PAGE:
I’ve read about the unemployment in the former Welsh mining village of Merthyr Tydfil, which has a large population of migrant workers employed at a food processing plant. These workers are only taking up the jobs because the locals don’t want those jobs. There is a state of denial in which some of the locals resent their purpose but won’t make an effort to try the jobs themselves. One local prefered not to blame the migrants because the youngsters didn’t want the jobs and she was okay with them taking a job she snubbed. In which case if we keep this up then we might as well bring back the slave trade and rely entirley on foreign labour to work in the fields and factories. And since slaves are property, not people then we will have a market where these foreigners will be houseservants of the idled jobseekers which they could probably buy them with their benefit money in the same way they could buy a satellite TV package.
The Home Office reported that there are over 13’000 slave workers in this country, that doesn’t include the 300’000 migrants coming here legally. Some of them are in businesses that are able to let them in through the EU freedom of movement. This freedom of movement has created such a havoc for the security officials that they have to go onto block immigrants from countries where they can control the borders: the non-EU migrants.
The non-EU migrants are probably the more better educated and valuable ones to the economy. They are well-trained teachers who can show us how to think and build a better economy, they are excellent chefs who can bring exquisite cuisines to our shores, they are talented doctors and nurses who can take the strain off the NHS and provide life saving surgery, they are specialised scientists with research skills that can build a better country for medicine, engineering structures and finding new sources of energy to power our homes. But sadly we have to turn them away because the market is much more in demand for cheap labour to make the companies richer. I would rather let in a Japanese engineer to make a better railway line than a cheap labourer from Romania who is substituting a young British farm hand.
I think the real solution is to create a sense of collaboration and community responsibility to Britain. Make people feel appreciated and stop berating people about the jobs they do then they won’t feel inclined to snub a good manual labour job. One of my reasons for supporting the comeback of the grammars is that the selective system will allow us to train our children to a better standard than what those immigrant workers are. Did you know that while we were busy crafting social mobility ideas all those years ago the Germans and French were working on productive means to better themselves without the need for liquidating the selective system. Their people and businesses worked in the mutual interests of the national development programme?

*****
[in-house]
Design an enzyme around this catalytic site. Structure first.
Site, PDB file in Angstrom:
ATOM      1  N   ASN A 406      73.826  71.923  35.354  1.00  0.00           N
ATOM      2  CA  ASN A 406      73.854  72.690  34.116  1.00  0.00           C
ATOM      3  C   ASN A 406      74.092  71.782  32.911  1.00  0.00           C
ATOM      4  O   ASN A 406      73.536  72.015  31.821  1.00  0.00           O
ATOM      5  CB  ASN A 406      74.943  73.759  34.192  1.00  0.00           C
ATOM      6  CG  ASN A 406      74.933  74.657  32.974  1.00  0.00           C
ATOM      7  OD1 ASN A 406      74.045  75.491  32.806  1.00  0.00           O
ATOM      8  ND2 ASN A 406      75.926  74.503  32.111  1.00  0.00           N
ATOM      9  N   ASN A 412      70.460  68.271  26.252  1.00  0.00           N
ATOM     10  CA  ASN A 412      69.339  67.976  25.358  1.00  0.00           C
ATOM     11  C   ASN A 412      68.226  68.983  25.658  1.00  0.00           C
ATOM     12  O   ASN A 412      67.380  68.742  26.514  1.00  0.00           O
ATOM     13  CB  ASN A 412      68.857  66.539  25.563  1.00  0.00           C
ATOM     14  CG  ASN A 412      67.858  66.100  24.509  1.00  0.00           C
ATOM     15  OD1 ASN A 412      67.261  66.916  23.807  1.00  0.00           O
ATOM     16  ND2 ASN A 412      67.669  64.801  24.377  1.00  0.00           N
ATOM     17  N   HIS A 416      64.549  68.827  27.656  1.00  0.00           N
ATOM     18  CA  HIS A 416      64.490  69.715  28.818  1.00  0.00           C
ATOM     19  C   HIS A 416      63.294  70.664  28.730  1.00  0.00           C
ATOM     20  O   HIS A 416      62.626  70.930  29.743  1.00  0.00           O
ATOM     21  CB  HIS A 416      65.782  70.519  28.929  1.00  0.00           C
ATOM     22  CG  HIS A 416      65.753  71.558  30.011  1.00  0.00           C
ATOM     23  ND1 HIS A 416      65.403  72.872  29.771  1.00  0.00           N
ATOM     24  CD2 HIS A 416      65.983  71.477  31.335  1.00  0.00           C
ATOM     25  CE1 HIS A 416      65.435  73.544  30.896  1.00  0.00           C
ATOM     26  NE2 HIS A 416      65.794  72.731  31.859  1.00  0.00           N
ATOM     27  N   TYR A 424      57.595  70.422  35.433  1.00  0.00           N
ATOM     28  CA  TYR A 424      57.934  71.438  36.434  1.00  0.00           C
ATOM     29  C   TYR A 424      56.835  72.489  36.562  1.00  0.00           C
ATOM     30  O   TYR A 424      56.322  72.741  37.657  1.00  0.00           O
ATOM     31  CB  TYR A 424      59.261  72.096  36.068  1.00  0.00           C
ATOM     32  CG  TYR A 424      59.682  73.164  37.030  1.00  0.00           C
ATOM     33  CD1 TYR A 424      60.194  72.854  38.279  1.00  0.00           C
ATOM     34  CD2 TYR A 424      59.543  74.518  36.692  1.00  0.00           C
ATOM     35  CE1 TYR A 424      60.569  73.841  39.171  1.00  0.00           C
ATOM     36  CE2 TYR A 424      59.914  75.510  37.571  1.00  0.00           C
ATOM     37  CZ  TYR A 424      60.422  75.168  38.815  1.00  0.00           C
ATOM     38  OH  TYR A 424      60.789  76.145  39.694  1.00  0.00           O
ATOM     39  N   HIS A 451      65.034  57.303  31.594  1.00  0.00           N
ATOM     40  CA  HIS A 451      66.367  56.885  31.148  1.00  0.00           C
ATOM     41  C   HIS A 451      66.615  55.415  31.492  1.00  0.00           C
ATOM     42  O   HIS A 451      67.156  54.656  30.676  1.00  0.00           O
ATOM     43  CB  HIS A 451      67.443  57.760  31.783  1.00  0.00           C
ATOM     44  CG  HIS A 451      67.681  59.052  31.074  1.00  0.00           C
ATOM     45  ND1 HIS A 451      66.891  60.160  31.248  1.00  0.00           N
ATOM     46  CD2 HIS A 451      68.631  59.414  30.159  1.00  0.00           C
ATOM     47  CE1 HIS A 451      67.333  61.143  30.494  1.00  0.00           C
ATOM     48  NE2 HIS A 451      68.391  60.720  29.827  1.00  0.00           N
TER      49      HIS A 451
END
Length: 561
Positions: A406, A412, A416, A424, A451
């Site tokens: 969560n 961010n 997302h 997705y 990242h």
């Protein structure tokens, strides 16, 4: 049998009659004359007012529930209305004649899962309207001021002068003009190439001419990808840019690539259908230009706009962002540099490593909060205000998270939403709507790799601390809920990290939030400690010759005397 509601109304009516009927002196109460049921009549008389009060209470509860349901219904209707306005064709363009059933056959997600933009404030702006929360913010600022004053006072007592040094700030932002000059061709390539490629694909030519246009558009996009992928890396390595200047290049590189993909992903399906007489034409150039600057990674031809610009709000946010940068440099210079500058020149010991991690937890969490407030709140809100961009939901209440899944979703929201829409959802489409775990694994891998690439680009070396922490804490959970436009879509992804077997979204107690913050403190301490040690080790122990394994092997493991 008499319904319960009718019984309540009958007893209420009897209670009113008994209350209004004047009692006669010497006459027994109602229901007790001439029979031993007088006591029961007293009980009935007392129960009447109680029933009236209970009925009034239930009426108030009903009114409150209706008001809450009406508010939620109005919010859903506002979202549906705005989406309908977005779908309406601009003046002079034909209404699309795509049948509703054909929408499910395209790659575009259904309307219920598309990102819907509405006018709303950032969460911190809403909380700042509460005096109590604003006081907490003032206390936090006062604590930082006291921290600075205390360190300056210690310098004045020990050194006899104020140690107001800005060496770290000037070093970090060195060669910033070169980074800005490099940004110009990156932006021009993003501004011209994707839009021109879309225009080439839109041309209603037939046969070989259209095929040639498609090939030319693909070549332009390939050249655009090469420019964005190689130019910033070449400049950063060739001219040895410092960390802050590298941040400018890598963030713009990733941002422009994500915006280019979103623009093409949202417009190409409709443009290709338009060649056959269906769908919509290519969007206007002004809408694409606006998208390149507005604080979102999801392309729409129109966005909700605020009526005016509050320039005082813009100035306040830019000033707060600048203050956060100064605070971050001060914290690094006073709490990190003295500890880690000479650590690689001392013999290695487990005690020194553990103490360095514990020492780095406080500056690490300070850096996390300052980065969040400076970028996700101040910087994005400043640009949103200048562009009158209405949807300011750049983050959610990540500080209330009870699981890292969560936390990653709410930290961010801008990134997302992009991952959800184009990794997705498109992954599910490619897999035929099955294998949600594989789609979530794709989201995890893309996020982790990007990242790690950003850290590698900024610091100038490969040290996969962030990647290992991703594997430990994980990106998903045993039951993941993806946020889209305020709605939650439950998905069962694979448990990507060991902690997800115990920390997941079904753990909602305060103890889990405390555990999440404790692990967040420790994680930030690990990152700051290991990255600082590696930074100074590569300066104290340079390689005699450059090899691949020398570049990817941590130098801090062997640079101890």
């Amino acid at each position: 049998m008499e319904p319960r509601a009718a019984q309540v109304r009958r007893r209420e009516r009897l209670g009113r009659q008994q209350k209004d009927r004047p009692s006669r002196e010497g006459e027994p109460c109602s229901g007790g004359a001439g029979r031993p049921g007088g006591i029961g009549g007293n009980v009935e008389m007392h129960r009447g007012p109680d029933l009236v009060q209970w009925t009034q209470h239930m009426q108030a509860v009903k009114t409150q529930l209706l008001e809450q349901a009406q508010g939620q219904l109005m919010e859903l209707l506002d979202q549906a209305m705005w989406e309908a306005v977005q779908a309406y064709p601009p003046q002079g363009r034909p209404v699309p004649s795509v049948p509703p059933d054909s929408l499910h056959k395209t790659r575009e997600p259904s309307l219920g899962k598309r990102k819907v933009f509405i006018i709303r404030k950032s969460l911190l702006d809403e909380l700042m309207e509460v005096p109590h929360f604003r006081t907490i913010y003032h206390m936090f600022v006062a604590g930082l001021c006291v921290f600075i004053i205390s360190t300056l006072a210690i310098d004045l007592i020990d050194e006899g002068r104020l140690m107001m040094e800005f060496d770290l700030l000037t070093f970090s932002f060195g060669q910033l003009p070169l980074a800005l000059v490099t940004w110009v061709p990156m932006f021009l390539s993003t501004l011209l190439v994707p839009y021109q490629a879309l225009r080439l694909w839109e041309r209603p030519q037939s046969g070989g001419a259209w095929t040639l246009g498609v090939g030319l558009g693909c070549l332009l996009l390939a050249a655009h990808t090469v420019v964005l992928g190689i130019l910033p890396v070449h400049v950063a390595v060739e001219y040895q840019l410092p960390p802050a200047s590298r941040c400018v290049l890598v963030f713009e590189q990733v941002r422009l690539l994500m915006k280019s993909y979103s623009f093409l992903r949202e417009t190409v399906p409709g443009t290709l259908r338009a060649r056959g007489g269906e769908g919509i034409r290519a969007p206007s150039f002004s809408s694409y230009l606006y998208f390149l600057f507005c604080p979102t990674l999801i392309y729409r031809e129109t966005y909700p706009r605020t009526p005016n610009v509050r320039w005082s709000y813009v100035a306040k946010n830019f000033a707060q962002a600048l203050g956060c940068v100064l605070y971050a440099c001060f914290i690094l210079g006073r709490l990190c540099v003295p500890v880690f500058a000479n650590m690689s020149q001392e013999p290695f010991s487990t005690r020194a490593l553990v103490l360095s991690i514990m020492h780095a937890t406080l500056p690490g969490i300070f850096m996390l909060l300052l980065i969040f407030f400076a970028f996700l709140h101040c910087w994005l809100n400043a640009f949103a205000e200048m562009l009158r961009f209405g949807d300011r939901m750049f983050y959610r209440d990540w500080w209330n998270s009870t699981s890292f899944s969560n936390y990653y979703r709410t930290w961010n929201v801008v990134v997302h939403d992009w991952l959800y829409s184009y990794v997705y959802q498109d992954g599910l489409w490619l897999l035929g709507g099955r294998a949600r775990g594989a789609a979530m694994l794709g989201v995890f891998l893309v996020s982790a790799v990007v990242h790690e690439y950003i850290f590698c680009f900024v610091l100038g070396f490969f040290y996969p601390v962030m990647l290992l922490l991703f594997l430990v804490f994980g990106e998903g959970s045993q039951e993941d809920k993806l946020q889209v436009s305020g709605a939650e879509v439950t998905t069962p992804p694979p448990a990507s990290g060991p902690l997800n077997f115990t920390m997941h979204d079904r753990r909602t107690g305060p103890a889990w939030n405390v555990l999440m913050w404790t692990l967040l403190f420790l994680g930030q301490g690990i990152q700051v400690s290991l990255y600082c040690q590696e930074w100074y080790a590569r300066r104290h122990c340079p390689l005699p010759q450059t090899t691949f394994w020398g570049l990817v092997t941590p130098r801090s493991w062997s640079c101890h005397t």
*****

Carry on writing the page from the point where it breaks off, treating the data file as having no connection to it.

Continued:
While we are on that subject I think we should stop protesting and complaining about our welfare state and creating ways to be idle. This counter productivity is making us stagnant and relying on outdated infrastructure and wasting out time travelling in old fashioned routes. That is time that can be spent more productively on engineering the country’s infrastructure rather than finding ways to promote civil liberties. We have a motorway network that hasn’t been upgraded or newly built since the 1960s, we have underground subways that haven’t been upgraded across the country since the Victorian era, the economy is too southern centred and there is little room for us to enjoy the fresh air, the north is getting further underdeveloped and in need of new ideas to go places, most of our railways have got outdated trains running on them that haven’t been upgraded in 30 years, and for new technology that is needed we have an inefficient broadband service that isn’t able to cope with the number of consumers of modern technology.
Stop talking down about people in manual labour jobs and create a sense of self-worth about your job. Children need to see their parents come home and tell stories about how happy they are in their work, not sulk about the job wishing they were cruising along the seafront in a sports car. The kind of positive attitude we need was common at a time when Britain was an industrial powerhouse that had many happy entrepreneurs and communal working class societies. Sadly that is now nostalgia, but it can be revived to bring back our grand Victorian capitalism to modern Britain.
Collaboration is the key to fixing our work ethic, not competition! Immigration is not taking jobs, it’s replacing workers and creating modern slavery. Do you want to keep protesting for increased welfare or do you want to do something productive and create ways of collaboration to better your livelihood?